Abdul Hamid II
Sultan of the Ottoman Empire
Died when: 75 years 141 days (904 months)
Star Sign: Libra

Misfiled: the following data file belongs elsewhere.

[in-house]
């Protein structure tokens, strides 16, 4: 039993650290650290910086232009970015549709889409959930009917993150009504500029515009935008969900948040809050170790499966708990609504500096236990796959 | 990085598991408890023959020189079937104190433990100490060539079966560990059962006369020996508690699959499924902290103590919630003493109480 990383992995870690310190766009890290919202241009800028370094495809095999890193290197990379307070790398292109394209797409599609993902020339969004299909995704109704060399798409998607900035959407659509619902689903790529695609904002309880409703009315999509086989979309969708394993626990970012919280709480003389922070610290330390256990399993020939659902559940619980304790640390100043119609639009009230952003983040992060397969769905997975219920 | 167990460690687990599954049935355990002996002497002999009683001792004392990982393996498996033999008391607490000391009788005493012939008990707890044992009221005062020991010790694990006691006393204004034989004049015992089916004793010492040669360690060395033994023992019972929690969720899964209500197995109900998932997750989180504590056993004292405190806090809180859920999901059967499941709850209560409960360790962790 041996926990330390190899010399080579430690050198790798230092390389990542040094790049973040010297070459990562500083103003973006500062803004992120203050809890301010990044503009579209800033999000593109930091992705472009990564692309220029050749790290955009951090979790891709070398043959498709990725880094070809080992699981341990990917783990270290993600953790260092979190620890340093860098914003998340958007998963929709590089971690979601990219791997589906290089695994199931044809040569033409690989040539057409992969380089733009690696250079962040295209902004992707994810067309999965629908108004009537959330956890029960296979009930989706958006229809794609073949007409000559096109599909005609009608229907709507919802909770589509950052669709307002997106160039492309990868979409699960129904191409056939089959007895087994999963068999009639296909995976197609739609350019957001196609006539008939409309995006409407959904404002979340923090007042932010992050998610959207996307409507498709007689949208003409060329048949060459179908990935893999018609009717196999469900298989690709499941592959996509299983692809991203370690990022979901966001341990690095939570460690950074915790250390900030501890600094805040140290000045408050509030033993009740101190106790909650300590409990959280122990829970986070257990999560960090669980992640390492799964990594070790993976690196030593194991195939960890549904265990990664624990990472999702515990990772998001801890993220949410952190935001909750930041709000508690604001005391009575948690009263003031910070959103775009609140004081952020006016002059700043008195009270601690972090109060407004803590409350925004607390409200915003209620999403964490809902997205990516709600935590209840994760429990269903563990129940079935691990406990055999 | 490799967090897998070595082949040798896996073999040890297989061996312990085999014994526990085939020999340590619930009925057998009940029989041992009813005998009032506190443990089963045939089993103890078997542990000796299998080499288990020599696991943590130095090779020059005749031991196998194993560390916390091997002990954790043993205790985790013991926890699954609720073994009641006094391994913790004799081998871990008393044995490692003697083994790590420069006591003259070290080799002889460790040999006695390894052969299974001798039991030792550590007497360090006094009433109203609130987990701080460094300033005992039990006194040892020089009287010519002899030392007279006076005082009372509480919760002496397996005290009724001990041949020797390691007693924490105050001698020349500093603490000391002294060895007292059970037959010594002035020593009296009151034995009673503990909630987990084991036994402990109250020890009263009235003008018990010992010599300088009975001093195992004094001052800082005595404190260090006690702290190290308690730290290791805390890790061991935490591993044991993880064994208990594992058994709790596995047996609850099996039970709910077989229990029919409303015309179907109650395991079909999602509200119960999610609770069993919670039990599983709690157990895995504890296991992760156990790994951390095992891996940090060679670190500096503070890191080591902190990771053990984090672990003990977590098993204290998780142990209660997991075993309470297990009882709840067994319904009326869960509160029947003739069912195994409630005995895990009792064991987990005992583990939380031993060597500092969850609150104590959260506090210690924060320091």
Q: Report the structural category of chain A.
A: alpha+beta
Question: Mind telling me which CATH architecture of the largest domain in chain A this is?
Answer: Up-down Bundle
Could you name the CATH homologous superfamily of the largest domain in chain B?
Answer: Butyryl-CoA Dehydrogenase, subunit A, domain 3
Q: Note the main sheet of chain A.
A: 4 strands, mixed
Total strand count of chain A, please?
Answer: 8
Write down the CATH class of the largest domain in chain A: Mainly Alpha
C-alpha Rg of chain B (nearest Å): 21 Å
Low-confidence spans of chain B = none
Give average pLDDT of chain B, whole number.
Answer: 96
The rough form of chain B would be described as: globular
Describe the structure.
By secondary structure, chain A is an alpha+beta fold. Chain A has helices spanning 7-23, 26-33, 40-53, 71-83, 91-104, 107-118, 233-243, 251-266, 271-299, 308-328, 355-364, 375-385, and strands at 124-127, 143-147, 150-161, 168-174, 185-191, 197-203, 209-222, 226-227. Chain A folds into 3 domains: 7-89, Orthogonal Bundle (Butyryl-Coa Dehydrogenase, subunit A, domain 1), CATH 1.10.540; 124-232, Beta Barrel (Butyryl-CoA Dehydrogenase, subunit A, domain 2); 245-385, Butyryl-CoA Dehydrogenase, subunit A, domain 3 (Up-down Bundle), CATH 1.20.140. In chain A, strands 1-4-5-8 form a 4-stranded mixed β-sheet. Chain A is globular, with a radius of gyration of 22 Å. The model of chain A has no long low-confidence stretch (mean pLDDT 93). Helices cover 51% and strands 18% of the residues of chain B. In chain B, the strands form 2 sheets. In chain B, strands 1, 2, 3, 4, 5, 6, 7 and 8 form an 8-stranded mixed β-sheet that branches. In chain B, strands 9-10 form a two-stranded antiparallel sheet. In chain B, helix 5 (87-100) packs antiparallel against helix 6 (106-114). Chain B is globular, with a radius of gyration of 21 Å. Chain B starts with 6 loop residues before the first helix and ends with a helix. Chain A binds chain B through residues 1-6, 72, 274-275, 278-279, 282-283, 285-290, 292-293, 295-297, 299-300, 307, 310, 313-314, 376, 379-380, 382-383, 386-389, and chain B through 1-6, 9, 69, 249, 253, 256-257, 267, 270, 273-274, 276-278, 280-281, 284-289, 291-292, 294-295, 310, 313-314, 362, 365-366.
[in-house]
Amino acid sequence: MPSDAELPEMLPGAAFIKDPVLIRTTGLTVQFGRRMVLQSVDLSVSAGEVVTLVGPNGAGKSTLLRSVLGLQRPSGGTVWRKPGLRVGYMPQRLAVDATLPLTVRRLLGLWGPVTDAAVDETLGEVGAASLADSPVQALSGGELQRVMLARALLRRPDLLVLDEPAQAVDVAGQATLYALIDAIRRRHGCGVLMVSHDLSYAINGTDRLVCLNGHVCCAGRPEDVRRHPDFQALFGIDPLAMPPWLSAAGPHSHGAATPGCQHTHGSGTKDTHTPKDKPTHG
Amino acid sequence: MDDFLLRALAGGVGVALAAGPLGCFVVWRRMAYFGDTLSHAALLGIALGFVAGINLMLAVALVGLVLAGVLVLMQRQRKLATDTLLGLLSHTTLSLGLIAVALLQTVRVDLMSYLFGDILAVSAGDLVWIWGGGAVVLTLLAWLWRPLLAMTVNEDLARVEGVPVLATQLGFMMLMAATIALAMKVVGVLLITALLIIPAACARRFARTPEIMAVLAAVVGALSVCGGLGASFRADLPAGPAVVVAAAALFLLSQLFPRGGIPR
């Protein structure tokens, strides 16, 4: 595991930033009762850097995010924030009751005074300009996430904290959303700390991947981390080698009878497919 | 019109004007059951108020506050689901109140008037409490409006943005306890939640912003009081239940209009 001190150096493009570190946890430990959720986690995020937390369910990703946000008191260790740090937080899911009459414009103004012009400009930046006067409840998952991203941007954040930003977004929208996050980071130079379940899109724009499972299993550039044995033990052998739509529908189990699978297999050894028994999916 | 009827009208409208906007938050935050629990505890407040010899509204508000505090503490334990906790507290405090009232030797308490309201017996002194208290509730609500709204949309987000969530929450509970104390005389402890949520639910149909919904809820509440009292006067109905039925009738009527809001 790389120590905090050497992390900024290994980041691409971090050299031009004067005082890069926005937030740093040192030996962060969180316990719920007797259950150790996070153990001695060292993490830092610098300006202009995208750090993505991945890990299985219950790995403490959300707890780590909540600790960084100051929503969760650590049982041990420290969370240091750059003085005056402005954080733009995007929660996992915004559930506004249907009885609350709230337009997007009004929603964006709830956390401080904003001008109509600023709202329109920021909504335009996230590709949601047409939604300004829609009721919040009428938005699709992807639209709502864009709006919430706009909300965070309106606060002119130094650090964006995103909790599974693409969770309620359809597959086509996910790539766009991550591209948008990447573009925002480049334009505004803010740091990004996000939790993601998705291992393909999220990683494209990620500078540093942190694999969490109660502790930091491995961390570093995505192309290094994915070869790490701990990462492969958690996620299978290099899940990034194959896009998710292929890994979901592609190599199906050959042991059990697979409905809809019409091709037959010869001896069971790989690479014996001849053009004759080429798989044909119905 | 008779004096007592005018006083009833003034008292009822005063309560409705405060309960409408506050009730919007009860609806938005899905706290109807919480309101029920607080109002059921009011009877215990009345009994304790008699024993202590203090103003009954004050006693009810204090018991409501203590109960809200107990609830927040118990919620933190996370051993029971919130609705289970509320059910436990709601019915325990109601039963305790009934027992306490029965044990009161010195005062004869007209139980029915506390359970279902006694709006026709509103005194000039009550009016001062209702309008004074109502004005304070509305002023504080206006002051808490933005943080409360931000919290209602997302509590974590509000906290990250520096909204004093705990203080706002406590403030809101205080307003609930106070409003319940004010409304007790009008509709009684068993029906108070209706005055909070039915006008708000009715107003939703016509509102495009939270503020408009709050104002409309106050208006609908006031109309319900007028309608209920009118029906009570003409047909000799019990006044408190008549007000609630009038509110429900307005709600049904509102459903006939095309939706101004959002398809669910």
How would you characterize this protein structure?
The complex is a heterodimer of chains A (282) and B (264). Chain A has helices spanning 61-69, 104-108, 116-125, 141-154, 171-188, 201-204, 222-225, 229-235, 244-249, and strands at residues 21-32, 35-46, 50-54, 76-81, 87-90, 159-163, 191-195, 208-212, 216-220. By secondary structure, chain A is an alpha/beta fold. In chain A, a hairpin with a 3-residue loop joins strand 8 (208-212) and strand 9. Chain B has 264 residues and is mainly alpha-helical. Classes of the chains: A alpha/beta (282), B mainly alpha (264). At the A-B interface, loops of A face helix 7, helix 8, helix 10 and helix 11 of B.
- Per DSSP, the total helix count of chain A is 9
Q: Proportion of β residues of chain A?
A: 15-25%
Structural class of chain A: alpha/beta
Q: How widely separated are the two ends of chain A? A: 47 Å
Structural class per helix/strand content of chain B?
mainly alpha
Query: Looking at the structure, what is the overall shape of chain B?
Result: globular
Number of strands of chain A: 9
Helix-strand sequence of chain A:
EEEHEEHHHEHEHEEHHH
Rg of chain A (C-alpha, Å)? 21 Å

Abdülhamid II or Abd Al-Hamid II (Ottoman Turkish: عبد الحميد ثانی, romanized: Abdü’l-Ḥamîd-i-sânî; Turkish: İkinci Abdülhamit; 21 September 1842 – 10 February 1918) reigned as the 34th Sultan of the Ottoman Empire - the last Sultan to exert effective control over the fracturing state. He oversaw a period of decline, with rebellions (particularly in the Balkans), and he presided over an unsuccessful war with the Russian Empire (1877-1878) followed by a successful war against the Kingdom of Greece in 1897. Hamid II ruled from 31 August 1876 until his deposition shortly after the 1908 Young Turk Revolution, on 27 April 1909. In accordance with an agreement made with the Republican Young Ottomans, he promulgated the first Ottoman Constitution of 1876 on 23 December 1876, which was a sign of progressive thinking that marked his early rule. However, in 1878, citing disagreements with the Parliament, he suspended both the short-lived constitution and the Parliament. The modernization of the Ottoman Empire continued during his reign, including reform of the bureaucracy, the extension of the Rumelia Railway and of the Anatolia Railway, and the construction of the Baghdad Railway and of the Hejaz Railway. In addition, systems for population registration and control over the press were established, along with the first local modern law-school in 1898. The most far-reaching of the reforms occurred in education: many professional schools were established for fields including the law, arts, trades, civil engineering, veterinary medicine, customs, farming, and linguistics. Although Abdul Hamid II closed Istanbul University in 1881, it re-opened in 1900, and a network of secondary, primary, and military schools was extended throughout the empire. German firms played a major role in developing the Empire's railway- and telegraph-systems. During Abdul Hamid's reign the Ottoman Empire became bankrupt, leading to the establishment of Ottoman Public Debt Administration in 1881. Outside the Ottoman Empire, Sultan Abdul Hamid II gained the nickname the Red Sultan or the Bloody Sultan because of the Hamidian massacres of Armenians and Assyrians of 1894-1896 and the use of the secret police to silence dissent and the Young Turks movement. Large sections of the Ottoman intelligentsia sharply criticised and opposed him. Loyal citizens called him the Grand Khaqan (Turkish: Ulu Hakan) for his extraordinary efforts in modernising the empire and in keeping it intact difficult times he was also called as Walee(Saint Of Lord(ALMIGHTY ALLAH) due to his pure and deep love with Last Prophet Hazrat Mohammad صلی اللہ علیہ وسلم . Amongst the many assassination attempts against him, the most famous became the Yıldız assassination attempt of 1905 by the Armenian Revolutionary Federation.